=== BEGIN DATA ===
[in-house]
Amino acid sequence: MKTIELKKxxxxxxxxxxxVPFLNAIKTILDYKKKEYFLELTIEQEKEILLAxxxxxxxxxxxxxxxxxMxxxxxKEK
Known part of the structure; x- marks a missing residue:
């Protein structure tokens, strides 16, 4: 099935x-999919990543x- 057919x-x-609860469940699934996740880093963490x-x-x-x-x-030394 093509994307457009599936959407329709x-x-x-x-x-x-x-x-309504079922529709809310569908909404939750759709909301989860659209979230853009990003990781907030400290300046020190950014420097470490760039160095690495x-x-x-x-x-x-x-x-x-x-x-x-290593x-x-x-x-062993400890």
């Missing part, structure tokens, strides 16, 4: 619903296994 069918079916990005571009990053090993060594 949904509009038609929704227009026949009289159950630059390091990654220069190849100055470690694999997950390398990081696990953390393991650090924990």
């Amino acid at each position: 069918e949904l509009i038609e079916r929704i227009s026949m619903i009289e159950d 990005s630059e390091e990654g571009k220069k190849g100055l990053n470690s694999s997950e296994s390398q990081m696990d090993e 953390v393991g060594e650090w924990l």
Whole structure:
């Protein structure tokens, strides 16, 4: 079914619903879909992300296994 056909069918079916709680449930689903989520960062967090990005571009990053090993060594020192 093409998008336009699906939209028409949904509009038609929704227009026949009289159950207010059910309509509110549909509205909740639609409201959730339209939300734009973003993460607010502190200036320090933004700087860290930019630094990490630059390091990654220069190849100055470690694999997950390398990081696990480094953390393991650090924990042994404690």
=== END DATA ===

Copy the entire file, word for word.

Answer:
[in-house]
Amino acid sequence: MKTIELKKxxxxxxxxxxxVPFLNAIKTILDYKKKEYFLELTIEQEKEILLAxxxxxxxxxxxxxxxxxMxxxxxKEK
Known part of the structure; x- marks a missing residue:
């Protein structure tokens, strides 16, 4: 099935x-999919990543x- 057919x-x-609860469940699934996740880093963490x-x-x-x-x-030394 093509994307457009599936959407329709x-x-x-x-x-x-x-x-309504079922529709809310569908909404939750759709909301989860659209979230853009990003990781907030400290300046020190950014420097470490760039160095690495x-x-x-x-x-x-x-x-x-x-x-x-290593x-x-x-x-062993400890």
């Missing part, structure tokens, strides 16, 4: 619903296994 069918079916990005571009990053090993060594 949904509009038609929704227009026949009289159950630059390091990654220069190849100055470690694999997950390398990081696990953390393991650090924990």
């Amino acid at each position: 069918e949904l509009i038609e079916r929704i227009s026949m619903i009289e159950d 990005s630059e390091e990654g571009k220069k190849g100055l990053n470690s694999s997950e296994s390398q990081m696990d090993e 953390v393991g060594e650090w924990l």
Whole structure:
């Protein structure tokens, strides 16, 4: 079914619903879909992300296994 056909069918079916709680449930689903989520960062967090990005571009990053090993060594020192 093409998008336009699906939209028409949904509009038609929704227009026949009289159950207010059910309509509110549909509205909740639609409201959730339209939300734009973003993460607010502190200036320090933004700087860290930019630094990490630059390091990654220069190849100055470690694999997950390398990081696990480094953390393991650090924990042994404690």